The Conversation On mushrooms, interdependence and artists’ role on the sustainability front.
BY : EMILY WAUGH
PHOTOS BY : DEREK SHAPTON
Edward Burtynsky sees the world differently—not just as an artist but because he spends up to three months of the year looking at it from hundreds of feet in the air. Using a helicopter, airplane or drone, he flies over restricted industrial sites and resource-extraction landscapes shooting photographs that, as he puts it, “pull the veil” off how these processes affect the earth.
“Even with a helicopter or fixed-wing [aircraft], it’s a bit of an art to getting what you want because you can never get back to that place,” he says, noting that he once tried a weather balloon, but it was a “full fail” because the balloon followed the wind instead of Burtynsky’s intuition.
When he’s back in the Toronto studio, his home base since 2002, he can most often be found at the almost floor-to-ceiling magnetic pin-up board where he marks up large-format prints, fine-tuning them for optimal viewing conditions, whether they’ll hang in a corporate office or private home or on a gallery wall.
Today, Burtynsky hovers over a different type of landscape—a sea of copies of his most recent book, African Studies, waiting to be signed. The collection is Burtynsky’s first look at the reach of globalism on the African continent and features photos of the otherworldly industrial landscapes we have come to associate with his work: inky black tailings from a diamond mine in South Africa and pink salt pans in Namibia.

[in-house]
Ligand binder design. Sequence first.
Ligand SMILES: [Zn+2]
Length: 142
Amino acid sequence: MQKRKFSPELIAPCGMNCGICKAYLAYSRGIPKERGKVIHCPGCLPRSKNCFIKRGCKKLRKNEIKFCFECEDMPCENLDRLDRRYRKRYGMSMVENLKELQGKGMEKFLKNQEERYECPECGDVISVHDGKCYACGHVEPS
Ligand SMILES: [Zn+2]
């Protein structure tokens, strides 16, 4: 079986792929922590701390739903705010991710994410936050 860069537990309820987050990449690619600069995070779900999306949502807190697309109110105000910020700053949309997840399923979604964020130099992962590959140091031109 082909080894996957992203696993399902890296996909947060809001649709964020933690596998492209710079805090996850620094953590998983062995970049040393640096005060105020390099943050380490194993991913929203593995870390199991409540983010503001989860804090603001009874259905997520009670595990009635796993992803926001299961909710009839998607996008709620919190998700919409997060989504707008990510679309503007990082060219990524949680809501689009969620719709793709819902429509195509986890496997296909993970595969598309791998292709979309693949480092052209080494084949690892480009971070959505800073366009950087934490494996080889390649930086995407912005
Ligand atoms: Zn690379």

It also highlights his more recent focus on the world’s remaining natural landscapes, including a mountain-like sand dune in the Namib desert and a “flamboyance” of flamingos on the shore of Kenya’s Lake Bogoria.
After what Burtynsky calls his “40-year lament on the loss of the natural world,” he now depicts these intact natural systems as a reminder that they are still worth fighting for.
“The problem is so big and so frightening that there is a danger of paralysis,” he says. “It’s incumbent on us to make sure that it doesn’t feel hopeless.” With his camera, Burtynsky opens that window of hope.